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Restaurant Review: Poon’s Pop-Up, Clerkenwell

Poon’s, the pop-up Chinese restaurant in Clerkenwell, is a fitting tribute to Bill Poon’s Covent Garden restaurant, frequented by the likes of Mick Jagger in the 70s. Vicky Smith makes the trip to Clerkenwell and falls for their legendary wind dried meats…

Before I say anything about Poon’s, there are three words you need to take note of: ‘wind dried meats’.

Honestly. Because, unless you’re veggie or vegan, to visit this charming pop-up Chinese restaurant in Clerkenwell and not try them is to do a disservice to 45 years of culinary history.

Ok, perhaps that’s a bit dramatic. But it would certainly be a disservice to yourself, because the Poon’s claypot rice with signature salami, wind-dried bacon and rounds of wondrous liver sausage heady with the scent of five-spice is pretty bloody great, and it’s a dish that’s been served by the family to diners in their restaurants since Poon’s first incarnation in Chinatown in 1973, and then in the flashier Covent Garden predecessor that followed in ’76.

It’s the latter site that helped the family achieve iconic status in the restaurant industry, with a Michelin star awarded and the likes of Mick Jagger and Barbara Streisand swinging by. Fast-forward a few decades, and Amy Poon, daughter of original founder Bill, has resurrected the family business as a temporary operation (for now).

It’s an unassuming space on a quiet little square that lies equidistant from Old Street and Angel, and the decor is just gorgeous – paper lanterns, pale turquoise walls, colourful artwork, traditional crockery and flasks adorned with pink and red roses turn an unexceptional space into an incredibly pretty one.

While myself and my dining companion couldn’t quite muster the glamour of rock star royalty on the damp April Thursday evening we visited, we gave it our best shot, popping the cork on a bottle shortly after sitting down (it’s BYO, so you can be as extravagant as you like with your choices while keeping the cost down) and diving straight into the menu to see which dishes we could try that a rakish, peak-seventies Jagger may once have ordered (you never know, right…?).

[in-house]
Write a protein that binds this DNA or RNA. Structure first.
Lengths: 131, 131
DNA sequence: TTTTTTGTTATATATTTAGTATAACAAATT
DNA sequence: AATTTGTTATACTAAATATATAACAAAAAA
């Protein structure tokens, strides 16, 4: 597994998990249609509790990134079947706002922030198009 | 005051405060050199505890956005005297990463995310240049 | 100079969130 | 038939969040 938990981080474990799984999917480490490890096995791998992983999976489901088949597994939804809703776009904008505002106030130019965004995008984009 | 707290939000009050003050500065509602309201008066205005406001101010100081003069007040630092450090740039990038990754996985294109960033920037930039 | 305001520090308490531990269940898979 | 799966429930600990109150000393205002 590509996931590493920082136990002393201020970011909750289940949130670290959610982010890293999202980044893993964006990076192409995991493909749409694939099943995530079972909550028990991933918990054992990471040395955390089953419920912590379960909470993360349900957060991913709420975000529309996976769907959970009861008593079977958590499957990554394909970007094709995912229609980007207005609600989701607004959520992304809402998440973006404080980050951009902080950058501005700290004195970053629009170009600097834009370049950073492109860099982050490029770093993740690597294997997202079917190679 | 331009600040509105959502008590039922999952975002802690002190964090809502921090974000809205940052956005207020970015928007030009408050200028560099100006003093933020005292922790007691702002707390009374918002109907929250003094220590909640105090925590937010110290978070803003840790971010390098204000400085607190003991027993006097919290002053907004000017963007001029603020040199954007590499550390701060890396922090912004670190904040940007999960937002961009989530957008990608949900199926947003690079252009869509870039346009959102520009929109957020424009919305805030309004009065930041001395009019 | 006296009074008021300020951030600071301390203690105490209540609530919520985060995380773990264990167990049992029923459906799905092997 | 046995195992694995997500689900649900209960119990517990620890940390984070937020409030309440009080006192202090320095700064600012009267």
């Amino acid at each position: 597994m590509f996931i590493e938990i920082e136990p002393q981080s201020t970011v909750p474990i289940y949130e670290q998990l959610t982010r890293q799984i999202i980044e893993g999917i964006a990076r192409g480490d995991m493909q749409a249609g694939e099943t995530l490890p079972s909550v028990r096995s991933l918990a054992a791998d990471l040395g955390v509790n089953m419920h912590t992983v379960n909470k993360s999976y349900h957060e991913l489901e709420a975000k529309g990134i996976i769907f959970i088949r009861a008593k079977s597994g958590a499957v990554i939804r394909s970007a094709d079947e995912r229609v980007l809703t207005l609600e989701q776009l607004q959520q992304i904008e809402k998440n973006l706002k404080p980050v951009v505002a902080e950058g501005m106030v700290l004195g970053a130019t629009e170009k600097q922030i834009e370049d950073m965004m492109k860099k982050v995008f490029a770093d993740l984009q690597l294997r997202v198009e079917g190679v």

Other dishes our chopsticks clashed over included Dan Dan noodles, which came almost head-to-head with the clay pot of wind-dried meats in our affections

Which brings me neatly back to those wind-dried meats, which are listed in the ‘Bill Poon 1973’ section of the menu, and come on top of rice baked in a clay pot, the grains in the middle sticking together pleasingly; the edges toasted and crispy against the sides of the pot. You douse the lot in a salty sauce, dive straight in and let the good times commence.

Other dishes our chopsticks clashed over (most plates are designed to share) included Dan Dan noodles, which came almost head-to-head with the clay pot in our affections, the thin noodles swimming in a sesame-rich, chilli-flecked broth that could warm even the coldest rain-soaked bones.

The plump steamed wontons were pretty special too, slick with bright red chilli oil and bursting with garlicky minced pork, while the ‘thousand year old “pi-dan” eggs’ were almost otherworldly in appearance, the whites having taken on a greyish hue, the marigold yolks translucent and jewel-like, with a creamy texture and taste we found surprisingly addictive.

Poon’s won’t be at this site indefinitely, so do get along while it’s there, and then you can bore your friends with statements grandly announcing that you’re actually only interested in eating meat if it’s been prepared to an old Chinese family recipe and dried in the wind. They won’t thank you for it necessarily, but I will, so long as I can still get a table.

Poon’s, 131-133 Central Street, Clerkenwell EC1V 8AP; poonslondon.com



 

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